Inter-generational violence and state negligence led to Ibthihaal murder, says police

Inter-generational violence and state negligence led to the abuse and death of three-year-old Mohamed Ibthihaal in January, police have said.

Chief Inspector Abdulla Satheeh said negligence by government authorities and the island community on Vaavu Rakeedhoo was partly responsible for the toddler’s murder.

“Investigating the death is not enough, wide investigation into circumstances surrounding his death is also important,” Satheeh told the press on Thursday.

Ibthihaal’s body was found with signs of severe abuse on January 28 in the worst case of child abuse in recent years. The murder shocked the nation while reports that officials had been aware of Ibthihaal’s abuse sparked public outrage.

The boy’s mother, Fathmath Afiya, was arrested for murder two days later and has since been held in remand detention.

Afiya’s stepfather, Ismail Raoof, was arrested on April 1 on suspicion of physically and sexually abusing Ibthihaal.

Satheeh said marks on the child’s neck indicated that he had been strangled.

Police also found swelling on the right side of his forehead, scrapes on his face, wounds on his right ear and scars all over his body. Some of his ribs were broken as well.

Satheeh said Ibthihaal’s death was caused by “major injuries” while some older scars remained unhealed.

“Mohamed Ibthihal had received physical and psychological harm from different individuals on different occasions, for a long period of time,” he said.

Police explained that Ibthihaal had been under the care of his maternal grandmother from the age of one and lived with her in Vaavu Keyodhoo and Meemu Madduvari.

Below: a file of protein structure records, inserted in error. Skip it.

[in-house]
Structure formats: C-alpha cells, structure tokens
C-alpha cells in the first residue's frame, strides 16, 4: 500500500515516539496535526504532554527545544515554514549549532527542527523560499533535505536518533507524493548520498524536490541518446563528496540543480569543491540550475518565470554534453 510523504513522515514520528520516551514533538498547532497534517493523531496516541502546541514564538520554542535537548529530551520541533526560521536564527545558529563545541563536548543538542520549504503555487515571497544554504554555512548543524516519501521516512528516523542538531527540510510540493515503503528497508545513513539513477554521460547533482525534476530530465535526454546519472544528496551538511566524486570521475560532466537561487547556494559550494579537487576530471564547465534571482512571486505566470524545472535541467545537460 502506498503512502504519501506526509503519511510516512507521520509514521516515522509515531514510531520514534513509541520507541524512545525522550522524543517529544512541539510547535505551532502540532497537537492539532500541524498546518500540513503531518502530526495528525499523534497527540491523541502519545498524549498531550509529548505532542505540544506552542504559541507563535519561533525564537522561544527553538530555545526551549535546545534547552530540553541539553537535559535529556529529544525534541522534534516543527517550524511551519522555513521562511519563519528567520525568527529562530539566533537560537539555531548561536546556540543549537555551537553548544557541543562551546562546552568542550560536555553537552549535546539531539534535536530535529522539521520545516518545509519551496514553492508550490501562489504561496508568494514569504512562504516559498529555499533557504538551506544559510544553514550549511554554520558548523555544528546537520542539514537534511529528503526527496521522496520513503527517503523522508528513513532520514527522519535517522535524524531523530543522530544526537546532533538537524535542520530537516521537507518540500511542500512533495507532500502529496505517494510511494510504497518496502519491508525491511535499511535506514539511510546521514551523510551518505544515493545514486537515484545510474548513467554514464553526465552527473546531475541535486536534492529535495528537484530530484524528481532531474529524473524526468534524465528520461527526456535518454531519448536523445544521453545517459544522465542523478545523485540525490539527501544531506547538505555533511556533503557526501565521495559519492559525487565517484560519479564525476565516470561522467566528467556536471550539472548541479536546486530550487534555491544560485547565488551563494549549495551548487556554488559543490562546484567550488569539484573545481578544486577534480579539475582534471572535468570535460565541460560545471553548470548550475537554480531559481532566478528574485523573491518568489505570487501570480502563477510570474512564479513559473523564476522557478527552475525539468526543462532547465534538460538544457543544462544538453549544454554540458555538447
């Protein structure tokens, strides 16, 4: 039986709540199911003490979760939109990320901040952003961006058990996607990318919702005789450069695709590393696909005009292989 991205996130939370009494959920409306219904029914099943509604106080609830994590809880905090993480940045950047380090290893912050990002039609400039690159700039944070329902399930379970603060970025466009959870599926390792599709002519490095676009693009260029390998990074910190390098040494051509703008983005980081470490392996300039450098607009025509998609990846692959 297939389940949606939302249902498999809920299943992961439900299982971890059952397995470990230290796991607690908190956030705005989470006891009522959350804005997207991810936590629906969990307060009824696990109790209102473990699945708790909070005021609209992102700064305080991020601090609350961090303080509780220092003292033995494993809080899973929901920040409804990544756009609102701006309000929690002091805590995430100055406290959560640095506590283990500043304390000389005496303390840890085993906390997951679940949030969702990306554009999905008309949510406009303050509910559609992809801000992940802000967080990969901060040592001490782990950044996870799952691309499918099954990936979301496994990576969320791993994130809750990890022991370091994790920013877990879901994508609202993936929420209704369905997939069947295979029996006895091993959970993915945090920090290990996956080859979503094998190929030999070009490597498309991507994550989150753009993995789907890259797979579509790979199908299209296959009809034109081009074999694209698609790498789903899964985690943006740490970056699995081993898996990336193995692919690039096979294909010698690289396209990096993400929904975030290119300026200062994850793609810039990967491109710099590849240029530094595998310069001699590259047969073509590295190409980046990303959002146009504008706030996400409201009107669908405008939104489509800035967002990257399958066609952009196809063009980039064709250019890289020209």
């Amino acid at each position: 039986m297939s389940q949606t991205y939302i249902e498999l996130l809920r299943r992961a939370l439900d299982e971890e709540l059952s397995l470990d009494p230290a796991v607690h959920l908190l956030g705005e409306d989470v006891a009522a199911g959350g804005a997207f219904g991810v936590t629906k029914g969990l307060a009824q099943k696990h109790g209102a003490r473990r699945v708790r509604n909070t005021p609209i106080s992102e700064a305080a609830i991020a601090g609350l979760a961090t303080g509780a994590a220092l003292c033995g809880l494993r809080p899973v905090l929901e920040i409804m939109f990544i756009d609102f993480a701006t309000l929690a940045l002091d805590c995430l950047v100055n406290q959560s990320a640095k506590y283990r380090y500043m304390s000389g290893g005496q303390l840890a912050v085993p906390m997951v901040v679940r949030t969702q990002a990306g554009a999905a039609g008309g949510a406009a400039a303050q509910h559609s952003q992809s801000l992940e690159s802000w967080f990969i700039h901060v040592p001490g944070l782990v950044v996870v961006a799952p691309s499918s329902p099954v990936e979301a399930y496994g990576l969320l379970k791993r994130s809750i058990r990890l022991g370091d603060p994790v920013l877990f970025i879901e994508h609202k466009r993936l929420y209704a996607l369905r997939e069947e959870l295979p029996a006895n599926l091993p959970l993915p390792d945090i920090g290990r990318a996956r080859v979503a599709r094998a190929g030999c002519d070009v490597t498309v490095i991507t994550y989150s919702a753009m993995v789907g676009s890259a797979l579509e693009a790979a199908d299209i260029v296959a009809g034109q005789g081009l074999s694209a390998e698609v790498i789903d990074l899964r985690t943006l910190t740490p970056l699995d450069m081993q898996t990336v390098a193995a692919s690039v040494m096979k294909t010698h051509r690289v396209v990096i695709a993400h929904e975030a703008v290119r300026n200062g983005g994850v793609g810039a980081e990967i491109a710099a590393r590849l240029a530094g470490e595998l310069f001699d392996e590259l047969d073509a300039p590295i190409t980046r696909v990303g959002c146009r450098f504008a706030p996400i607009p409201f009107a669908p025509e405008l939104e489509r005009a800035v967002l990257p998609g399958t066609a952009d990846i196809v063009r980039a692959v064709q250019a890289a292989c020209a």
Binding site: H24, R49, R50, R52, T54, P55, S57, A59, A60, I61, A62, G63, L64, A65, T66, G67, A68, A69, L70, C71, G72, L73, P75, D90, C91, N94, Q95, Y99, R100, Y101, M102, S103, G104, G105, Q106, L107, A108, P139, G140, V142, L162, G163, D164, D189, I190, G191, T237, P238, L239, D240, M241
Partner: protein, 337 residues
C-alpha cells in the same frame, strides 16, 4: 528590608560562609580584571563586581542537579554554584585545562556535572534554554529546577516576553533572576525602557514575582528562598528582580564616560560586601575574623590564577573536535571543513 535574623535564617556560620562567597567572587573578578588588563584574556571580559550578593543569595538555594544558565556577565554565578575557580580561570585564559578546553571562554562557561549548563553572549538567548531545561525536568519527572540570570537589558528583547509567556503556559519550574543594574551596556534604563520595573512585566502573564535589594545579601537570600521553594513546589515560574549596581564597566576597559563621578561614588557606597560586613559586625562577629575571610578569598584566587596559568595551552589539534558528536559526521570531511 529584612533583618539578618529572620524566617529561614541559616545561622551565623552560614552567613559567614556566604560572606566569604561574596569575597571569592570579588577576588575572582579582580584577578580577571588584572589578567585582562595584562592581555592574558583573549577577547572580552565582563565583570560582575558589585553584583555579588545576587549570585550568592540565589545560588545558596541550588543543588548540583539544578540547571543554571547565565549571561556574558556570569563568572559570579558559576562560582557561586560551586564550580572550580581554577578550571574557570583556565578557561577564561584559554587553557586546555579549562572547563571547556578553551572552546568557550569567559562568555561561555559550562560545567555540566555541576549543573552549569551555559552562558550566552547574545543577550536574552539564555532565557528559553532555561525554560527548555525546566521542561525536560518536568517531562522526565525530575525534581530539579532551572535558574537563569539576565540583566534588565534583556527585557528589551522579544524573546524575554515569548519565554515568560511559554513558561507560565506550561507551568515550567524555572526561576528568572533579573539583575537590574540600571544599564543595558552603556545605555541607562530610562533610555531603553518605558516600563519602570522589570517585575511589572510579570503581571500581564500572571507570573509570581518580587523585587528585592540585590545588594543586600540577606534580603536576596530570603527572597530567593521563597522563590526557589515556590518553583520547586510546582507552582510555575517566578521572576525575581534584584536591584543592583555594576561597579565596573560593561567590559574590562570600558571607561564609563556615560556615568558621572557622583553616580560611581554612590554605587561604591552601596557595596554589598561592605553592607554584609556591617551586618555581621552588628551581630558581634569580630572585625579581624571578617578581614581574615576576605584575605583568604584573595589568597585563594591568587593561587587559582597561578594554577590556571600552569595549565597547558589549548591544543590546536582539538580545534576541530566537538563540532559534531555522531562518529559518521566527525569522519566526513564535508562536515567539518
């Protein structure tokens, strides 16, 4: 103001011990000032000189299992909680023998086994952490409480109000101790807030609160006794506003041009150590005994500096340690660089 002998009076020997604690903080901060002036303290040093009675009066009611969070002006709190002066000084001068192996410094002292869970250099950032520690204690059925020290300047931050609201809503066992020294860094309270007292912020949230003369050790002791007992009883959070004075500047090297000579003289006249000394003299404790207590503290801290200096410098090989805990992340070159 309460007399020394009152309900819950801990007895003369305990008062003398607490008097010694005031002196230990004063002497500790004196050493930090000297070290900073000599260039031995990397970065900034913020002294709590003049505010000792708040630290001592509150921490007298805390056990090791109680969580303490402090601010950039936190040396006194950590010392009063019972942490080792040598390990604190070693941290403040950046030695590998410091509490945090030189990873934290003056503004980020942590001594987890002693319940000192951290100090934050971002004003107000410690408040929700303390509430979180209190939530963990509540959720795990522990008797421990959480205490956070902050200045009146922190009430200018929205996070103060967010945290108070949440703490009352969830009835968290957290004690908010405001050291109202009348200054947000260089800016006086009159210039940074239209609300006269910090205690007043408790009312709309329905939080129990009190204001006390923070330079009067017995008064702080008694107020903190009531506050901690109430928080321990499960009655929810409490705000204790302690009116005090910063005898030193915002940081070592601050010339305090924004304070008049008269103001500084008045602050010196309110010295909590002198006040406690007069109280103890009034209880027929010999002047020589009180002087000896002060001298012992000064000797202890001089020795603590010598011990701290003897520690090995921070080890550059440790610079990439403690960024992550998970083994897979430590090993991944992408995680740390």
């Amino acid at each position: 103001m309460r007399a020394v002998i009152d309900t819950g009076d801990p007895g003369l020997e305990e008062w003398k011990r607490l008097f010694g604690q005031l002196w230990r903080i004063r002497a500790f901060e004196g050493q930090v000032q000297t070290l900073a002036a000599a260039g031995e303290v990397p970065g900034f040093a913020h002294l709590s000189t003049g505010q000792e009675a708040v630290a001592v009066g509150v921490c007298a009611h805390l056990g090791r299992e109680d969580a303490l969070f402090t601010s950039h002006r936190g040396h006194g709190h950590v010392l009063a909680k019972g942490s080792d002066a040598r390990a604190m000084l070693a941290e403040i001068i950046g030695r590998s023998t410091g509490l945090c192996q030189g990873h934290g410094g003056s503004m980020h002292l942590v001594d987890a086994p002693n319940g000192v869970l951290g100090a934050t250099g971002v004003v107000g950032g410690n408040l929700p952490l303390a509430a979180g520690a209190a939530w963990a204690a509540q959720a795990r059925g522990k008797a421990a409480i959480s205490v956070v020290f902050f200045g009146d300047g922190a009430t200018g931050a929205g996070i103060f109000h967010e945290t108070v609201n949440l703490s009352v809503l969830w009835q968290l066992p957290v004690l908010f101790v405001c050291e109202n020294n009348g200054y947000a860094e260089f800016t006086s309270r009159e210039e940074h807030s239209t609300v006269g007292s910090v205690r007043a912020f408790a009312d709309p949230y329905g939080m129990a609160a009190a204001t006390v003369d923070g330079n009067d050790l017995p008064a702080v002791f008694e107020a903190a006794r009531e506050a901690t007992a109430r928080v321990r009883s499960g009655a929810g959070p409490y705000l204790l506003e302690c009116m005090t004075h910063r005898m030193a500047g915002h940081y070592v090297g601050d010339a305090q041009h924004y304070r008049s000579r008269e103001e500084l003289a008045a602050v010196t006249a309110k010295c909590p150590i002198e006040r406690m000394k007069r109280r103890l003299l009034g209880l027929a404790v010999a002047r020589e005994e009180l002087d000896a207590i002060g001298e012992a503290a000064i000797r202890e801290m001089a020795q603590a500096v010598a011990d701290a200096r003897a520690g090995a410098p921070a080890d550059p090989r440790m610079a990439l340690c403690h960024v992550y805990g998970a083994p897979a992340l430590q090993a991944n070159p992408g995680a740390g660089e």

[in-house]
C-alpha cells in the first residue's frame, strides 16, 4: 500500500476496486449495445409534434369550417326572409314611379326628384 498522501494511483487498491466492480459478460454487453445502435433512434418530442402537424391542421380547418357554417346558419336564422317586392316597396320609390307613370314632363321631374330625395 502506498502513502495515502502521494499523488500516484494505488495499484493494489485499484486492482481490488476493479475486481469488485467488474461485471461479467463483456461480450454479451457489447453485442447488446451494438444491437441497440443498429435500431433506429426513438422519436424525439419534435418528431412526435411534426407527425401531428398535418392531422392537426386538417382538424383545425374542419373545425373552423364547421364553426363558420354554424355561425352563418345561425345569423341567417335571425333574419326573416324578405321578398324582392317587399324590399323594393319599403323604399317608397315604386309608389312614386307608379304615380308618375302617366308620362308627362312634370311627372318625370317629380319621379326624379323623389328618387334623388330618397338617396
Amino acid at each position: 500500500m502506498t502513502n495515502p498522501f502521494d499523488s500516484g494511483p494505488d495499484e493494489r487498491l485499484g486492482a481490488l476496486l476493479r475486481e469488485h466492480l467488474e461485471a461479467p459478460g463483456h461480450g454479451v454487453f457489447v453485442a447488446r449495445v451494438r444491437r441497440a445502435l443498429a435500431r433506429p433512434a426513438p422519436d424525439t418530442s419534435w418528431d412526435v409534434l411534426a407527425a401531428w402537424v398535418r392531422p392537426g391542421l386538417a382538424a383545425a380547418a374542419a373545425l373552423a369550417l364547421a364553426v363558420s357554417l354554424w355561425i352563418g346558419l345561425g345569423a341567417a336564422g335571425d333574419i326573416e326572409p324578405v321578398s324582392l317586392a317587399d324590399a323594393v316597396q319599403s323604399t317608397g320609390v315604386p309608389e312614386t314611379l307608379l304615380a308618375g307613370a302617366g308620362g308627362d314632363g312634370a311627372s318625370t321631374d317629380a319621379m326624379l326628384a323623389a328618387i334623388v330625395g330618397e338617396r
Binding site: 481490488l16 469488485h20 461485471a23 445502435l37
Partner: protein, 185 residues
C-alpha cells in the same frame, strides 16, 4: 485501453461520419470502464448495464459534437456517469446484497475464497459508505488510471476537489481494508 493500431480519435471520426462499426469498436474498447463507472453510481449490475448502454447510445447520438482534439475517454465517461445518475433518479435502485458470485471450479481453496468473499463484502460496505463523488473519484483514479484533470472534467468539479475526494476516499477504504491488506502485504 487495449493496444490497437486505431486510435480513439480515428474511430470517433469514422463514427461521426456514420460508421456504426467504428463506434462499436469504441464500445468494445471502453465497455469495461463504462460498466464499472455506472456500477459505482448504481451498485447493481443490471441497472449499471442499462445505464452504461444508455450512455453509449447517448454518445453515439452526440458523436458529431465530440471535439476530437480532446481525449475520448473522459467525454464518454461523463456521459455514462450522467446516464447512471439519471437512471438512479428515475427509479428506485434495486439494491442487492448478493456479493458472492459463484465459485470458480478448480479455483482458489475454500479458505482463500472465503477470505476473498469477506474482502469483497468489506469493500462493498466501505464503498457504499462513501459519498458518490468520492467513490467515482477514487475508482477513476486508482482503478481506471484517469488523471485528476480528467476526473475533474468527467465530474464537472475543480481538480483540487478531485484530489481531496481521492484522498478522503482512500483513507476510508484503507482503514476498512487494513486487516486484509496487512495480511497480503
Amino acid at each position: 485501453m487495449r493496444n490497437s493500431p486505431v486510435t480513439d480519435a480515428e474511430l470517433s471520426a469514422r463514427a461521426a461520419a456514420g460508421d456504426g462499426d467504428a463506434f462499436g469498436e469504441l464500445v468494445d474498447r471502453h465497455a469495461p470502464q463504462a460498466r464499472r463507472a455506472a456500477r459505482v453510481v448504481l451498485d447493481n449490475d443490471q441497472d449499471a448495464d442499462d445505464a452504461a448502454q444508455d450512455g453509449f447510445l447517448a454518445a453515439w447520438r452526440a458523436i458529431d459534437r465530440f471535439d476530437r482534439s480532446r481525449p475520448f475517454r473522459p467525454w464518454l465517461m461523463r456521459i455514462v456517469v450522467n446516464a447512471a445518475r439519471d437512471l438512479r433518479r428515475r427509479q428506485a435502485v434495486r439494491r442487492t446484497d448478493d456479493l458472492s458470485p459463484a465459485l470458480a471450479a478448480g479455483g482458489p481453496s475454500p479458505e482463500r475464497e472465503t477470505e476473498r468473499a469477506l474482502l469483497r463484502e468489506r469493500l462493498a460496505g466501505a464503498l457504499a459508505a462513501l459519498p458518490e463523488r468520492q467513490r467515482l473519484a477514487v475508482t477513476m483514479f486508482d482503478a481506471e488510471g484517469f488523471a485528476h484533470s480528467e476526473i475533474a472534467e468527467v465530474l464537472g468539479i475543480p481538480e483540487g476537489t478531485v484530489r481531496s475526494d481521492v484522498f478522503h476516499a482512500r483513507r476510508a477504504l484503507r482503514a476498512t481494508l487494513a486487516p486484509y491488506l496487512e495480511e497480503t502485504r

Afiya’s stepfather is suspected of having abused Ibthihaal at the time.

Seven months before his death, Ibthihaal was brought back to Rakeedhoo to live with his mother, where his psychological and physical abuse continued.

Afiya had two other children at the time and is accused of mistreating Ibthihaal, neglecting to feed or wash the boy.

Satheeh said Afiya’s husband, Ibthihaal’s step father, took care of the boy.

On the day before his death, Afiya had not fed Ibthihaal after giving the boy a glass of juice. His stepfather fed him after coming home that night, Satheeh said.

Police suggested that Afiya’s anger towards her son stemmed from rumours surrounding his birth. Ibthihaal was reportedly born out of wedlock.

During her interrogation, Afiya confessed to severely beating Ibthihaal after waking up in the morning “because of the anger she had towards him”.

Afiya said she called for help when she saw no movement from the child.

Local media has reported that Afiya was also a victim of sexual abuse.

Afiya’s stepfather, Raoof, had previously been banished by the Vaavu Keyodhoo court after being found guilty of abusing a step-child. Afiya was reportedly the victim of the abuse.


In its submission to the UN’s Universal Periodic Review, the human rights watchdog said children born out of wedlock face discrimination in the Maldives.

Illegitimate children were denied their father’s name, inheritance and child maintenance, the Human Rights Commission of the Maldives said.

The commission noted that the absence of requisite procedures, inconsistencies in institutional applications and lack of sensitivity among law enforcement and judiciary towards domestic violence are fundamental issues faced in implementation of Domestic Violence Act.

Limited capacity of investigators and their belief that such cases are family matters inhibit victims from getting redress.

“Reporting of domestic violence cases remain low as a result of lack of confidence in the system, fear of intimidation by perpetrators, stigmatisation and inadequate information on protection measures,” the commission stated.

“Violence against children takes place in all settings. Only a small proportion of reported child abuse victims gets justice and remains re‐victimised due to systemic failures.”